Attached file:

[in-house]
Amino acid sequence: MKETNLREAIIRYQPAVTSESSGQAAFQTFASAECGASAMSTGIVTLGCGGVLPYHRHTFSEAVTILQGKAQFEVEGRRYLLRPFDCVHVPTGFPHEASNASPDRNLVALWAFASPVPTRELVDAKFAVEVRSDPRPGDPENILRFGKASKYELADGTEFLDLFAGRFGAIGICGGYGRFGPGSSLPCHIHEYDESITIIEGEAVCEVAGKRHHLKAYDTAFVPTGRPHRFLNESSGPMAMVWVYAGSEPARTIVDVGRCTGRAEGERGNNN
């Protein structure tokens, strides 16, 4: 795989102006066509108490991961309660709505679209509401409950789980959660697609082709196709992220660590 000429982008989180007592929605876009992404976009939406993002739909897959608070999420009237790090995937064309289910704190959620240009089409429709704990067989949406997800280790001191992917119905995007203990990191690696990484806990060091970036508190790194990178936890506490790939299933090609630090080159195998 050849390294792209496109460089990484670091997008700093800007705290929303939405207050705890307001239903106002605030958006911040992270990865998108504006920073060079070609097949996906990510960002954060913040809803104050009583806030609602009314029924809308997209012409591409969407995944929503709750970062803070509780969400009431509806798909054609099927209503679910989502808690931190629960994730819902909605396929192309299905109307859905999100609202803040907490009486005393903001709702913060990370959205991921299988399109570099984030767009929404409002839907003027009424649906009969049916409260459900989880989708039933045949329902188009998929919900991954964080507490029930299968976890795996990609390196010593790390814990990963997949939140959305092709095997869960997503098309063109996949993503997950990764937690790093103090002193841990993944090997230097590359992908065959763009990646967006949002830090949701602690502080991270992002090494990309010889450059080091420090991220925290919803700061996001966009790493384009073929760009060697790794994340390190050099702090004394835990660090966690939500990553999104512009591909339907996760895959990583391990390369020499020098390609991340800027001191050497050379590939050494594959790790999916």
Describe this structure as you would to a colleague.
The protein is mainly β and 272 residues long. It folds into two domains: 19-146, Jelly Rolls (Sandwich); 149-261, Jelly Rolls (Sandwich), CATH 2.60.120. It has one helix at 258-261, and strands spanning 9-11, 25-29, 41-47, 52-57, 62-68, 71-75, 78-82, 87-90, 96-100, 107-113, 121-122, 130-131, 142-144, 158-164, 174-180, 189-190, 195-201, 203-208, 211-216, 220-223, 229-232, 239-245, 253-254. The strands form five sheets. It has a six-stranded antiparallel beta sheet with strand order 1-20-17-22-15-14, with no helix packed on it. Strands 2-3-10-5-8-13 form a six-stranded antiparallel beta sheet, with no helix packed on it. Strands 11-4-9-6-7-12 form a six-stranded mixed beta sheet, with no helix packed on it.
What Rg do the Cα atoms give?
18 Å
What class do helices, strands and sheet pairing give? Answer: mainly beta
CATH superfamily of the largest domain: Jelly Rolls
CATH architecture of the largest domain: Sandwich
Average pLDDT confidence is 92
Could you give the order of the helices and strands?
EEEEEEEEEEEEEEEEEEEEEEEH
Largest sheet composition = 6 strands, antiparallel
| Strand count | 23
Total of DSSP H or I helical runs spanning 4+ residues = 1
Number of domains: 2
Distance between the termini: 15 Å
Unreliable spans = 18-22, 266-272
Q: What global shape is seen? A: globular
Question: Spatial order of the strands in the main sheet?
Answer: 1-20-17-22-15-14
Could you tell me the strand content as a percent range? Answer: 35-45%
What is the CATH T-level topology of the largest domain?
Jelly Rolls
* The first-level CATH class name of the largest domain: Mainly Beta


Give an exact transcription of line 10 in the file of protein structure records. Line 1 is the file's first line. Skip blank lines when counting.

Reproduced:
CATH architecture of the largest domain: Sandwich